Lenvatinib/Everolimus Improves Survival Better Than Everolimus Alone in Metastatic Renal Cell Cancer

Clinical Advances in Hematology & Oncology

August 2015, Volume 13, Issue 8


Based on a presentation by Robert Motzer, MD, at the American Society of Clinical Oncology Annual Meeting

Progression-free survival (PFS) was longer with a combination of lenvatinib (Lenvima, Eisai) and everolimus (Afinitor, Novartis) than with everolimus alone as second-line treatment for metastatic renal cell cancer (RCC), according to the results of a phase 2 trial. Dr Robert Motzer, a professor of medicine at Weill Cornell Medical College in New York, New York, presented results from the study at the recent meeting of the American Society of Clinical Oncology.1

The addition of lenvatinib to everolimus increased median PFS from 5.5 months to 14.6 months. In addition, there was a trend toward increased overall survival (OS) in the combination group vs everolimus.


An International, Randomized Phase 2 Study

This international, randomized phase 2 open-label study (NCT0113673) enrolled 153 patients with RCC that had progressed after 1 prior vascular endothelial growth factor (VEGF)-targeted therapy. A total of 51 patients received the combination therapy, 52 patients received lenvatinib alone, and 50 patients received everolimus alone.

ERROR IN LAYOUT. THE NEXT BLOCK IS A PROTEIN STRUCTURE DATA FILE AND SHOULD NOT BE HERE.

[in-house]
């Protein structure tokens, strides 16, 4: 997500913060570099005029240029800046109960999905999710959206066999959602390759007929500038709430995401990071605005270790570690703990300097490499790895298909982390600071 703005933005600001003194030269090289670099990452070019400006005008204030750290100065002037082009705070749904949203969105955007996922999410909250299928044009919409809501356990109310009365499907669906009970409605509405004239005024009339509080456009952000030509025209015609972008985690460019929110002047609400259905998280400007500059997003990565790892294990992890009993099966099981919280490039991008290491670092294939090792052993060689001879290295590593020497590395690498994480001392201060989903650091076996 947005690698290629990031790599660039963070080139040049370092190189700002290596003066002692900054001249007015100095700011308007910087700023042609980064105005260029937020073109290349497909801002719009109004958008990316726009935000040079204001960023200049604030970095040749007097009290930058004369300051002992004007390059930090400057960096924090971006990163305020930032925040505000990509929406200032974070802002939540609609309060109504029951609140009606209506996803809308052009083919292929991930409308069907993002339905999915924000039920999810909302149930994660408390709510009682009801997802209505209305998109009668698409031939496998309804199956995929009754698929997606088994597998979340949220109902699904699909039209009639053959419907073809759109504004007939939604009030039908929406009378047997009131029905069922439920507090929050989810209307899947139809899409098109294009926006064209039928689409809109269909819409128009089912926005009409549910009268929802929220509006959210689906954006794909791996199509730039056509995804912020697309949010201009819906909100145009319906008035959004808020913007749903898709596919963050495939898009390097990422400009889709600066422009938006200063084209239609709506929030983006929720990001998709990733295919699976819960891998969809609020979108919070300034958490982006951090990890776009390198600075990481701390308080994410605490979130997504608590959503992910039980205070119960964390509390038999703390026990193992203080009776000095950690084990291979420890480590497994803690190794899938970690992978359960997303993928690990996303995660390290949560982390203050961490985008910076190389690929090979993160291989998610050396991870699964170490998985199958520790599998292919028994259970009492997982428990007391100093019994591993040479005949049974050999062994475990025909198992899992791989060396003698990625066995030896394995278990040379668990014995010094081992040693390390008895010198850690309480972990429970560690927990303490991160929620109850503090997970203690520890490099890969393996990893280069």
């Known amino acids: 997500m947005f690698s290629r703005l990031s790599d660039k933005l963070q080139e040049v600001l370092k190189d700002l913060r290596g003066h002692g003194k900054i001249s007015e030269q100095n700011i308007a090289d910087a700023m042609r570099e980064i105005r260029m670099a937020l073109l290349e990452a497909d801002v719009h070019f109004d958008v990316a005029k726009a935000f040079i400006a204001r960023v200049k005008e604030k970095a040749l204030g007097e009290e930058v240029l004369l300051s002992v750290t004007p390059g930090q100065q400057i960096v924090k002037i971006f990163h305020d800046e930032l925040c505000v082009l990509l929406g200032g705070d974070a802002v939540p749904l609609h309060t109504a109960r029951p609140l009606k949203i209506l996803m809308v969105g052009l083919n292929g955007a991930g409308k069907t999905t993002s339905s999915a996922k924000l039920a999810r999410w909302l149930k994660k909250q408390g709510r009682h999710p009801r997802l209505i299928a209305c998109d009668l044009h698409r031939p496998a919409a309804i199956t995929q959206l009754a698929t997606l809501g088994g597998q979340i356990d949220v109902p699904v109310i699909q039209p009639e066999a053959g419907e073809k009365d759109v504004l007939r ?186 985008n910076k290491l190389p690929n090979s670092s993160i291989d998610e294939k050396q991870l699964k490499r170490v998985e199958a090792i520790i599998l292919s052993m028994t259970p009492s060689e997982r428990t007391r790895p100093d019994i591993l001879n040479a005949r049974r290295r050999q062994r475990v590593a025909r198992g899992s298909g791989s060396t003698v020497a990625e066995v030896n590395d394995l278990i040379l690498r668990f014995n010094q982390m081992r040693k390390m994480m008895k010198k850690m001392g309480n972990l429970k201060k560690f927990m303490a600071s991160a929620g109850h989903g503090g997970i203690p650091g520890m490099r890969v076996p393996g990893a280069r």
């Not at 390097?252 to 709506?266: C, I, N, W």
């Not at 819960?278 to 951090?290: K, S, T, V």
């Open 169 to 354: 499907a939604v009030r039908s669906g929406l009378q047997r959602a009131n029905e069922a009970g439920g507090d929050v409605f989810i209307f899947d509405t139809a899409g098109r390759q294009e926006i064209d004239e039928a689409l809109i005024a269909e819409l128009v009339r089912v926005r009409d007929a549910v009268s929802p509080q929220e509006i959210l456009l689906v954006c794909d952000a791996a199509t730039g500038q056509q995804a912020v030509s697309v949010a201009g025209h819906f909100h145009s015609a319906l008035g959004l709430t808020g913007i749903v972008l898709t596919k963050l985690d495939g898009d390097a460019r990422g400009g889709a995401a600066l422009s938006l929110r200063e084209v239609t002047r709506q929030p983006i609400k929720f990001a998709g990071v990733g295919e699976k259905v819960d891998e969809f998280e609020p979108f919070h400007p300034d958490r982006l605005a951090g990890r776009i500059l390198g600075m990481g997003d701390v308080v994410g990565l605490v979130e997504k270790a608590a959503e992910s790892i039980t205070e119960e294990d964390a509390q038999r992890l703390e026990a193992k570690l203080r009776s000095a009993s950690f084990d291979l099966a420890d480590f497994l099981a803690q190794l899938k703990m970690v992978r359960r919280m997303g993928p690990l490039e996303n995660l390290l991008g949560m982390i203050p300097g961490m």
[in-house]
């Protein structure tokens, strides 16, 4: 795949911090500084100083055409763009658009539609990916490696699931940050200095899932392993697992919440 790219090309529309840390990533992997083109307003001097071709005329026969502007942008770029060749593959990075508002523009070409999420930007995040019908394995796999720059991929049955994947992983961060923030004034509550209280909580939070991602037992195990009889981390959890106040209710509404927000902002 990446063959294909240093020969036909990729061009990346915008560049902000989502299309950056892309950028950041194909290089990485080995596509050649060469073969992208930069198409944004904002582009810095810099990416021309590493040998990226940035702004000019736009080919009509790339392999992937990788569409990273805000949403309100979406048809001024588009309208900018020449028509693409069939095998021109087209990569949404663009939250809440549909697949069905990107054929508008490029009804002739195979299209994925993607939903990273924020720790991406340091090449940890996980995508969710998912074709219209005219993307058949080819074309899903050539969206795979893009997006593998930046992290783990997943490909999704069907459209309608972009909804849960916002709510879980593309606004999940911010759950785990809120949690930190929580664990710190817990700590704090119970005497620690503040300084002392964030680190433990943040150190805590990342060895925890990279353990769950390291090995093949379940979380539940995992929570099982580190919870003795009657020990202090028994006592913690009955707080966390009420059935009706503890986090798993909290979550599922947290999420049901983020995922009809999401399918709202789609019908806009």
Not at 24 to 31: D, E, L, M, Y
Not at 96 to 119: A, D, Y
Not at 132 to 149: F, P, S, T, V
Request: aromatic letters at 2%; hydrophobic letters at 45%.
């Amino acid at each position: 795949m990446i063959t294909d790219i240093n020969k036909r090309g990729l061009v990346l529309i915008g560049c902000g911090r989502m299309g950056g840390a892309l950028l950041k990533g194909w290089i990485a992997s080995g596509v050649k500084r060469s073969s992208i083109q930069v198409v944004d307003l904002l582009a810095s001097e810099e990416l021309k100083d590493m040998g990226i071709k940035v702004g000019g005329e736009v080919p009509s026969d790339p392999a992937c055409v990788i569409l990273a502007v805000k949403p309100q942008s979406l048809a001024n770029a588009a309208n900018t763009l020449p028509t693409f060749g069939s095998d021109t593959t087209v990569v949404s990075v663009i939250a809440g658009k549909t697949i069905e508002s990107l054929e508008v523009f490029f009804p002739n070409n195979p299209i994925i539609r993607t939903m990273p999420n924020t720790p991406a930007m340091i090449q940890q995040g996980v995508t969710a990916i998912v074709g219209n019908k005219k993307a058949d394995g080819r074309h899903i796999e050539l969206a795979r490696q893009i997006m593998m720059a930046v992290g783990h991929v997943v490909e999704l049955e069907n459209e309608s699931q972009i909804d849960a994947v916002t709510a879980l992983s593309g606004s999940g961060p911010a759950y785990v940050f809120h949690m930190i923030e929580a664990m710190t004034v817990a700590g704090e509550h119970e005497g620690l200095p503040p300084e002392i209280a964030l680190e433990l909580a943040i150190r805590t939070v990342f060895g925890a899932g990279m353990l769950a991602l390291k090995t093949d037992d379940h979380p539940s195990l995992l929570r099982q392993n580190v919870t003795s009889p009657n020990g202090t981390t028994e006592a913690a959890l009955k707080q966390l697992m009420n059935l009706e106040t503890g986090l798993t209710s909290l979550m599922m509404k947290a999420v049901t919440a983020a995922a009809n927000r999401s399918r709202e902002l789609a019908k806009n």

The primary objective was to compare PFS with the combination vs everolimus, and lenvatinib alone vs everolimus. Secondary objectives included comparing PFS with the combination vs lenvatinib alone and assessment of objective response rate (ORR), OS, safety, and tolerability.

The key eligibility criteria included advanced or metastatic RCC, measurable disease, progression on or after 1 prior VEGF-targeted therapy, progression within 9 months of discontinuing prior therapy, and an Eastern Cooperative Oncology Group performance status of 0 or 1. Patients were randomly assigned to treatment according to the stratification factors of hemoglobin (normal vs low) and corrected serum calcium (≥10 mg/dL vs <10 mg/dL).

“The demographics were quite typical” of a pretreated RCC population, said Dr Motzer. The most common previous VEGF-targeted treatment was sunitinib (Sutent, Pfizer), followed by pazopanib (Votrient, GlaxoSmithKline). Prior therapies other than VEGF-targeted inhibitors were allowed, but only 13% of the patients had prior cytokine or checkpoint inhibitor therapy in a previous clinical trial.

For the combination treatment, lenvatinib was given orally at 18 mg daily with everolimus orally at 5 mg daily. Lenvatinib monotherapy was given orally at 24 mg daily, and everolimus monotherapy was given orally at 10 mg daily (the standard dosing schedule). Patients were treated until disease progression or unacceptable toxicity, and there was no crossover within the context of the study. Efficacy and safety metrics were assessed at prespecified intervals according to standard criteria. PFS and ORR were measured using the Response Evaluation Criteria in Solid Tumors (RECIST) v1.1. Safety was assessed using physical examination, clinical investigation, and adverse event monitoring.

This study was designed with 70% power to detect a 50% improvement in an assumed 5-month PFS for everolimus alone. PFS and OS were assessed by stratified log-rank tests. The data cutoff for the primary analysis was June 13, 2014; however, the steering committee suggested updating the OS analysis to a later date (December 10, 2014) following a review of the primary data.